GPS Pushes Back: New Filing Defends Company and NPBI Technology Against False and Defamatory Study

Company demands retraction of fatally flawed study that suppressed and mispresented data – and failed to disclose funding conflict – to arrive at a predetermined and false conclusion

CHARLOTTE, N.C.--()--On January 26, 2022, Global Plasma Solutions (“GPS”) filed a civil complaint for defamation and unfair and deceptive trade practices in the United States District Court for the Western District of North Carolina against Netherlands-based publishing company Elsevier for publishing and disseminating a false and misleading study involving GPS’s Needlepoint Bipolar Ionization (“NPBI™”) technology. The filing can be found here. GPS filed the lawsuit after obtaining emails and deposing the lead author of the study which showed the full scope of the misrepresentations and flawed nature of the study.

The lawsuit lays out the following factual background: In March 2021, Elsevier published a study entitled, “Evaluating a commercially available in-duct bipolar ionization device for pollutant removal and potential byproduct formation,” (the “Study”) in the journal Building and Environment. The Study, authored under the direction of Illinois institute of Technology professor Brent Stephens, was conducted with the predetermined outcome that GPS’s technology was ineffective and increased certain compounds. Emails attached to the complaint show that the authors ignored contradictory data and misrepresented the results. The lead author of the Study has admitted under oath in a deposition taken in another lawsuit that the underlying data reported in the study was false and contradicted the conclusions reached by the authors. The study has been used to make false statements and incorrect conclusions about GPS’s technology. The article’s lead author also admitted under oath in early January 2022 that there was no experimental control to test the ionizer in on and off conditions in the reported field study. The emails attached to the complaint show that Stephens was pushing to get media attention for his predetermined conclusions well before the test was concluded.

Also, as laid out in the 32-page complaint:

  • Data proving that GPS’s NPBI technology performs as advertised was suppressed
  • Test data was cherry picked while ignoring contradictory results.
  • The authors did not repeat any of the experiments in the study. Experimental replication is an essential step of the scientific process to ensure that data, analysis and results are reliable.
  • The authors failed to install and utilize the GPS device in a manner recommended by the manufacturer, thereby tainting all their results and making it virtually impossible to assess the data in any meaningful way.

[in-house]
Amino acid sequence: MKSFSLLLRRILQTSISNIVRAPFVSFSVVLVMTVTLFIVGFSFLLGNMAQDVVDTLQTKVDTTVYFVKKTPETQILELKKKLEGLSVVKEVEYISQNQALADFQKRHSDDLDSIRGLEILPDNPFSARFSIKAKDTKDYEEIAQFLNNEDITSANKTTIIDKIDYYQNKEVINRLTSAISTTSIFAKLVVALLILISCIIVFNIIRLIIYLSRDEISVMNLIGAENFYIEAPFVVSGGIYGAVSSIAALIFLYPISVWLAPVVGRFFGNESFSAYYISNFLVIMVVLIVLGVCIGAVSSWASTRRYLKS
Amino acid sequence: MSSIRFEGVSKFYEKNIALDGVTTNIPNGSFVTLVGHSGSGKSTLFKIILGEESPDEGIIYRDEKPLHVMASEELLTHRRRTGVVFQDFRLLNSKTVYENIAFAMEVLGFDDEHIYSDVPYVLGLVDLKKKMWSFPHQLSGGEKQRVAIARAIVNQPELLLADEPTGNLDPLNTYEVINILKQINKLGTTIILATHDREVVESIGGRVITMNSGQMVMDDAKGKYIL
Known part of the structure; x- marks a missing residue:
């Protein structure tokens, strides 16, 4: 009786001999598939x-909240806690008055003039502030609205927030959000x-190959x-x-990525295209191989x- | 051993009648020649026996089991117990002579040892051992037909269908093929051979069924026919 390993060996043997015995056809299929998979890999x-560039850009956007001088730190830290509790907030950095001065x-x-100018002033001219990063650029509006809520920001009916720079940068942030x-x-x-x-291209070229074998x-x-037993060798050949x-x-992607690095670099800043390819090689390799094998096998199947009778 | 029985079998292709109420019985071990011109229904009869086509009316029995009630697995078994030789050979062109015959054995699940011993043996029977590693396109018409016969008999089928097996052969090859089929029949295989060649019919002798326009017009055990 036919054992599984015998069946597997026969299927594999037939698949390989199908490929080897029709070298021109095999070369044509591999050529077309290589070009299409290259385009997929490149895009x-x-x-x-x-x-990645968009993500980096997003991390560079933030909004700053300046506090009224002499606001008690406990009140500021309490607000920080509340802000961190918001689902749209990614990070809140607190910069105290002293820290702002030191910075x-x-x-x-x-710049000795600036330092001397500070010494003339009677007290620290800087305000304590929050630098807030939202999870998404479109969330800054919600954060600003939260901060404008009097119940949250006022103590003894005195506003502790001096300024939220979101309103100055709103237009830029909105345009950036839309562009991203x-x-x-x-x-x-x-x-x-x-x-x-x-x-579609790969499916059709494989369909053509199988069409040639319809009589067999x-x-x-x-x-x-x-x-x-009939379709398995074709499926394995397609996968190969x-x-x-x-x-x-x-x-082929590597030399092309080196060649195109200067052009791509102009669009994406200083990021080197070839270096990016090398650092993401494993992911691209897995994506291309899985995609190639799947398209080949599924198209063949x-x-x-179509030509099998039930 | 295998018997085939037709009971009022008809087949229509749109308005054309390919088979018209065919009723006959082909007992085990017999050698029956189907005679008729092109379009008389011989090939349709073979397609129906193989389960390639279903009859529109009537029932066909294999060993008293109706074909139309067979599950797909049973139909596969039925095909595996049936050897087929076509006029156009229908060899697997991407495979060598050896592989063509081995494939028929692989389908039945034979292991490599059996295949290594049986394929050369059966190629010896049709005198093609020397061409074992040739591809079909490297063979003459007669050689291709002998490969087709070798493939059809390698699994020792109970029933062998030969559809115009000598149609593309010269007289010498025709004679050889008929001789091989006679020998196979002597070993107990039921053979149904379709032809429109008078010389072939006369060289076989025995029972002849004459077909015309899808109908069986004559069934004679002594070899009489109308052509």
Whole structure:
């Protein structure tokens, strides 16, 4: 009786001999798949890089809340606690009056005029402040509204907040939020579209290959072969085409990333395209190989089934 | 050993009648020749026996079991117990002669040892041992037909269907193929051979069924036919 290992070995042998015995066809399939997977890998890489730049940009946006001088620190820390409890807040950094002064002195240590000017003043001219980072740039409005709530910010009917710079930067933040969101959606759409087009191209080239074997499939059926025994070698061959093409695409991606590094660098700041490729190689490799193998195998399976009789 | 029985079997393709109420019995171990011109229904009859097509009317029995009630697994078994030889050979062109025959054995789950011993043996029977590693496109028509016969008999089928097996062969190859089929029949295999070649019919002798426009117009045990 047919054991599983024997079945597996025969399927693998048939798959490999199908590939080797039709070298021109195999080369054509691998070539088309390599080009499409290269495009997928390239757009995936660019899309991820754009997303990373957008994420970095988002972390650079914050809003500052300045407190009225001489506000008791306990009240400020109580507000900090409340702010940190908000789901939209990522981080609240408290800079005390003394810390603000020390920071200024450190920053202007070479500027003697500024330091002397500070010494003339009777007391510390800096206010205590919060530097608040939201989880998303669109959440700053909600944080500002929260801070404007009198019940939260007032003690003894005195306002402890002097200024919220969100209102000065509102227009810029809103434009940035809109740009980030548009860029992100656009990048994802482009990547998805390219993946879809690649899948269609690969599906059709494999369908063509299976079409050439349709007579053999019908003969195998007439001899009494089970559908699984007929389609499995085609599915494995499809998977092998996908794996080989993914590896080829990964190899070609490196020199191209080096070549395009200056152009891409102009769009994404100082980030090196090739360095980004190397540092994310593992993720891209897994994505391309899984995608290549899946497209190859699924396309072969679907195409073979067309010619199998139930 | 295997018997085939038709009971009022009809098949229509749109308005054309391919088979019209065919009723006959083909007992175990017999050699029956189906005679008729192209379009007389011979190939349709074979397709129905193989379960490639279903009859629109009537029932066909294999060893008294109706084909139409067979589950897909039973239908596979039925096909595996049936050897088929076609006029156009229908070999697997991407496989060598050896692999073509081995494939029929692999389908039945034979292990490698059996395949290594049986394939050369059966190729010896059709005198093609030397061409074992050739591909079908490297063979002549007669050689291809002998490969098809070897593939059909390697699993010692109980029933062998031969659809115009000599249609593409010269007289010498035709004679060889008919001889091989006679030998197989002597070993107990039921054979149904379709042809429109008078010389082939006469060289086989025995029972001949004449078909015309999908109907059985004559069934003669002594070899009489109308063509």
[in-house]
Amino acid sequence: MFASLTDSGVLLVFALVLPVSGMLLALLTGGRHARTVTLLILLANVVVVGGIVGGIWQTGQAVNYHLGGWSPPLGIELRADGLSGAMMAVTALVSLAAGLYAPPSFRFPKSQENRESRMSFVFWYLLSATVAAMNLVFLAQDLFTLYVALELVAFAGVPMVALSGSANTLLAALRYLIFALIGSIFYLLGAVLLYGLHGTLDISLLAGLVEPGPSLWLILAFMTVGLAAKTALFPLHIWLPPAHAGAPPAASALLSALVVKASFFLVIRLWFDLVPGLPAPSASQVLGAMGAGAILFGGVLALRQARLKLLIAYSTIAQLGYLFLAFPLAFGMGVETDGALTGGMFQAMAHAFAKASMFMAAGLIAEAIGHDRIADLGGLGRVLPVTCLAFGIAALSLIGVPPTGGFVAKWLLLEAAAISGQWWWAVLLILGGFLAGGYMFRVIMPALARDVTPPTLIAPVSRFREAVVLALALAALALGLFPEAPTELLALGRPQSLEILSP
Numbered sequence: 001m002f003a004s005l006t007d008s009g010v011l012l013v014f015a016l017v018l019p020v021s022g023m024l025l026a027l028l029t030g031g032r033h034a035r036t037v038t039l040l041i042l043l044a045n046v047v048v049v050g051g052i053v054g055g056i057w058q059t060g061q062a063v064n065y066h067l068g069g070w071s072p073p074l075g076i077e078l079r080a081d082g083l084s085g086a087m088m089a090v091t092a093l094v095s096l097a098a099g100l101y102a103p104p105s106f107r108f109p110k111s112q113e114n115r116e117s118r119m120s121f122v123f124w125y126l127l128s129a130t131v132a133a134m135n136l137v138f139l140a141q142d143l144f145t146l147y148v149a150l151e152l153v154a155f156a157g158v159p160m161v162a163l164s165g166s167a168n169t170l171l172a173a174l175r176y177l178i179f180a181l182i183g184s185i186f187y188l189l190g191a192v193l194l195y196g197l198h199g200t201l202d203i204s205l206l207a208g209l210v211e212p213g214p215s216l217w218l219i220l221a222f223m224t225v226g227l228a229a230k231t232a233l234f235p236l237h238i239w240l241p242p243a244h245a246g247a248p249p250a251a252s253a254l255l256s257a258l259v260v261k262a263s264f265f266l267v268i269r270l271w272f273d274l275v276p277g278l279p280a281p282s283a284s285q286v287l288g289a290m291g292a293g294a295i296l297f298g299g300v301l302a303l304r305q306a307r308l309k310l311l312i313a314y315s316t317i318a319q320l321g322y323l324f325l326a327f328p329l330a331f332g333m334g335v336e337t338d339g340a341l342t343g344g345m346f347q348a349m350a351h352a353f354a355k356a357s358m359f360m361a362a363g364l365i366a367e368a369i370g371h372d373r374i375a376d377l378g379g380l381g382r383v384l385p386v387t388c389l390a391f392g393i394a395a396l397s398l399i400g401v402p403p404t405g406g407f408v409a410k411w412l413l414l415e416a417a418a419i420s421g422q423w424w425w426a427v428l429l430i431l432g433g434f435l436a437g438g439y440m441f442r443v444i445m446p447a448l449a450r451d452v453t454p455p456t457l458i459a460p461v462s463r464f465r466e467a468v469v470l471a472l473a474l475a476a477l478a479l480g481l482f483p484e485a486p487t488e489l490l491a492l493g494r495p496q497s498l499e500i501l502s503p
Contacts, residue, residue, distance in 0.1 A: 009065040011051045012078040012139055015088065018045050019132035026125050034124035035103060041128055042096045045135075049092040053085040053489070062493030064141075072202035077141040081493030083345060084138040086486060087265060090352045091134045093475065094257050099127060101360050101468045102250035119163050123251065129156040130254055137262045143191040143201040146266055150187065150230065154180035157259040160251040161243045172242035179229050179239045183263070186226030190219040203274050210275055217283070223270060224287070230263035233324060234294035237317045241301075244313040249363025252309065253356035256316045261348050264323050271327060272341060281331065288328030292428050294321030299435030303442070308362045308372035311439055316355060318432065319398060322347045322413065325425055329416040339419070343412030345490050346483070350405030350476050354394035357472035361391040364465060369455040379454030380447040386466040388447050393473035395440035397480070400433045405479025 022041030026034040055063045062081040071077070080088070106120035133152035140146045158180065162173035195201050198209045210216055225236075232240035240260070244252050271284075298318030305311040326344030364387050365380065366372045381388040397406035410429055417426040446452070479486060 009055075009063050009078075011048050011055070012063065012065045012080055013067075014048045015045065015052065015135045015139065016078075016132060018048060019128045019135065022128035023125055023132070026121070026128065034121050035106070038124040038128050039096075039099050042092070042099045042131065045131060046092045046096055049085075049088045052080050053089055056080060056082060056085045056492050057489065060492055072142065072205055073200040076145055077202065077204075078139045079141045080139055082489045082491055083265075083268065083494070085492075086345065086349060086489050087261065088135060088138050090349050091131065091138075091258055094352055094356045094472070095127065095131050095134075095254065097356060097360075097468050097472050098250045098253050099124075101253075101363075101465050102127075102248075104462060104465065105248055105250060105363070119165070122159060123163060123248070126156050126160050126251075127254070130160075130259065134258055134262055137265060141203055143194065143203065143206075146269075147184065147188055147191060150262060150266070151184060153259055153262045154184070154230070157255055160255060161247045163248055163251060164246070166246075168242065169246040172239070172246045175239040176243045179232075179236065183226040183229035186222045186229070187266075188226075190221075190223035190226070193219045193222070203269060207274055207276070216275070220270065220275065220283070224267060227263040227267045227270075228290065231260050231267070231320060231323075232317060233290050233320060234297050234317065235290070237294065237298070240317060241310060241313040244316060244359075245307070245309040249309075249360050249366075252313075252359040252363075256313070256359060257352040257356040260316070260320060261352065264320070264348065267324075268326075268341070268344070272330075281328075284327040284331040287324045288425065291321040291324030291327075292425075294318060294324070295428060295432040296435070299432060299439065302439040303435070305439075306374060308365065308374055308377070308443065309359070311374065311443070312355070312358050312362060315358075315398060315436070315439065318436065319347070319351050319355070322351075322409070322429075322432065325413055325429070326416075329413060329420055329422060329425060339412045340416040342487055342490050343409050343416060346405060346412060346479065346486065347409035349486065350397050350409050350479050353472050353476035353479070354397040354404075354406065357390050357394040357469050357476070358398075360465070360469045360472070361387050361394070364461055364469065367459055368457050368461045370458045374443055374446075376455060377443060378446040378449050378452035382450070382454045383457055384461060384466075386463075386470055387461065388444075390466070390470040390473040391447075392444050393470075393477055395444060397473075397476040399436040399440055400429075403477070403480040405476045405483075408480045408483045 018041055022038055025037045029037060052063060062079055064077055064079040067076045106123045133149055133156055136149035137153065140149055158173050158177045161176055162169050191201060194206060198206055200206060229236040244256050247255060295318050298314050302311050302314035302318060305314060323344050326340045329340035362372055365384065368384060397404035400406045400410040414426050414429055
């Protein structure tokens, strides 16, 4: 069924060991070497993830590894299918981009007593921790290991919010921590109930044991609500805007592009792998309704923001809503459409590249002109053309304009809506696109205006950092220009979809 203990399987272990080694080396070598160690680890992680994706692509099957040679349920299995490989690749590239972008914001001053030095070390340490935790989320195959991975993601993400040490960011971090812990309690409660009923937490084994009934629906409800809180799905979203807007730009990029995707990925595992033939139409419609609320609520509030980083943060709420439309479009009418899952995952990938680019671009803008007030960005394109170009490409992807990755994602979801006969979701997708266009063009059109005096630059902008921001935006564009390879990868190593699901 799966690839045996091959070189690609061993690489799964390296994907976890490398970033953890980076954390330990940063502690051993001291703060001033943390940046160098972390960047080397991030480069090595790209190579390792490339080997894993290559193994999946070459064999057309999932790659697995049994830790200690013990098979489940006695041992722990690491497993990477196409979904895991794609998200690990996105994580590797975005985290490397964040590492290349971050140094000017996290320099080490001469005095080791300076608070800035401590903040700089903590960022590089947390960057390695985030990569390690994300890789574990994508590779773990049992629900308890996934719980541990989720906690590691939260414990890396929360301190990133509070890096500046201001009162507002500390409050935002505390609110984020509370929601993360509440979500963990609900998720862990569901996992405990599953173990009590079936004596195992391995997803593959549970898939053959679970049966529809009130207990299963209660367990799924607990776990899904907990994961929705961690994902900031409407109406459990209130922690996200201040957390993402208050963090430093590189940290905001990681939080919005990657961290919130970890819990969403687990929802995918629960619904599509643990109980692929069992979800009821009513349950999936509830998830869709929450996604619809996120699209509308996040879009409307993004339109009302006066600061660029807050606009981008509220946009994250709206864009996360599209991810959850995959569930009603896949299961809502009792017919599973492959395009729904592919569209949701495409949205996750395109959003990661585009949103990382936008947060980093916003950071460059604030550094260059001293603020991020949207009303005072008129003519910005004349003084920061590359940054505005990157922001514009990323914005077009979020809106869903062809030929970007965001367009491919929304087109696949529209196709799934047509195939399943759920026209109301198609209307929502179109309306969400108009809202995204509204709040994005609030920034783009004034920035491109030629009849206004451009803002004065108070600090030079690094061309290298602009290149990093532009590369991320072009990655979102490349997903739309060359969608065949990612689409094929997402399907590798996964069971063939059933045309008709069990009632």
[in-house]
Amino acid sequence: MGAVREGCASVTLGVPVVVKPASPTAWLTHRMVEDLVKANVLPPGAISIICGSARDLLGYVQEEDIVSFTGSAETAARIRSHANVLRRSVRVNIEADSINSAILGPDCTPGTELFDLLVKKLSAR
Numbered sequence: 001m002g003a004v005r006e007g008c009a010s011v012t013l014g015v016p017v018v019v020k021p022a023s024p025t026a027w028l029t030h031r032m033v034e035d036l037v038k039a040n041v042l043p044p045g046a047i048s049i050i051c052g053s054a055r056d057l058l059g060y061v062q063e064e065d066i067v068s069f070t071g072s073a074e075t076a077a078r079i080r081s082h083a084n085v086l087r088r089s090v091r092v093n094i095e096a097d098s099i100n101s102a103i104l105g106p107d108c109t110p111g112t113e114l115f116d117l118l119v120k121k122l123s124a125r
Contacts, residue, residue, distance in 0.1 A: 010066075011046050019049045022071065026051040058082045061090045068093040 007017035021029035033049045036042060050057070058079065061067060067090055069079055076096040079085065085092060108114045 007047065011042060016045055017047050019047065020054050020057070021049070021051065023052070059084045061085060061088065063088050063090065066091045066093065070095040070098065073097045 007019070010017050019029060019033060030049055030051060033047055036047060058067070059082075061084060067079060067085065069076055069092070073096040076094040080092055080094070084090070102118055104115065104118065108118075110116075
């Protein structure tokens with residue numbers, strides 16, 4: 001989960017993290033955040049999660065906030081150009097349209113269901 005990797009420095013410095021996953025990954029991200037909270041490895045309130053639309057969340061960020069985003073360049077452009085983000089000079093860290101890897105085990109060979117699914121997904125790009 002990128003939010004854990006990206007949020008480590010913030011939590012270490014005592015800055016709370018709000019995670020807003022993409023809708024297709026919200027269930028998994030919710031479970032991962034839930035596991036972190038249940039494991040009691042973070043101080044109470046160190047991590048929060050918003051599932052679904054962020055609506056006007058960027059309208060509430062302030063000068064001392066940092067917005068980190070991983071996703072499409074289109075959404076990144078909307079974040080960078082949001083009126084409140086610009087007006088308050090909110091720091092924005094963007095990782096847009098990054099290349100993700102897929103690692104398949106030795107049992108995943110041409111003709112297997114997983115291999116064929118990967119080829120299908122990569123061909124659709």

• Elsevier’s purported peer-review process was a sham as it failed to catch obvious flaws—in equipment, procedure and reporting. Each of these issues should have been caught in Elsevier’s peer-reviewed process before the Article was released.

The Article has been weaponized by GPS’s competitors to help create what they termed “bipolar backlash” to undermine GPS’s technology. Despite being presented with this evidence, Elsevier has yet to retract the Study.

Not surprisingly, Elsevier recently published a second study by Stephens apparently trying to correct the missteps of the first, flawed study. GPS knew about this study before it was published because GPS obtained emails between Stephens and Marwa Zaatari (a paid advisor for a GPS competitor) in which Zaatari is seen organizing the funding for the second study and helping to direct the testing. Knowing that the first study was flawed and suppressed data, the authors of the second study back away from the conclusion that ionization increases certain compounds and instead try to focus on particle reduction. However, the results are weak and, in fact, show the efficacy of GPS’s technology despite the flawed testing. Even in the second study, the authors conceal their relationship with Zaatari, a direct competitor of GPS that sells filtration, and who is also an advisor to enVerid which is also a competitor to GPS, when they state, “they have no known competing financial interests or personal relationships that could have appeared to influence the work reported in this paper.” GPS has numerous emails where Zaatari is directing the testing and in one email Stephens notes his excitement that GPS’s competitors are supporting him because his work is “most likely going to help their industry.” The second study is as biased as the first study but is also an attempt by the authors to distance themselves from clear falsehoods of the first study.


Founded in 2008, Global Plasma Solutions (GPS) is a leader in indoor air quality, with over 30 patents and 250,000 installations worldwide since its founding, including in research labs, schools, universities, health care facilities and airports. GPS devices work in conjunction with HVAC systems to help improve indoor air quality using a unique and patented low energy, soft ionization technology application called Needlepoint Bipolar Ionization (NPBI™). GPS products are certified to UL 2998, UL’s stringent zero ozone standard. This independent certification is also compliant with the American Society of Heating, Refrigeration, and Air Conditioning Engineers (ASHRAE) guidance and follows recent Environmental Protection Agency (EPA), Center for Disease Control and Prevention (CDC) and Department of Education guidance. GPS is headquartered in Charlotte, North Carolina and has advanced testing chambers in Charlotte and Oak Ridge, Tennessee.


Stephen White


Stephen White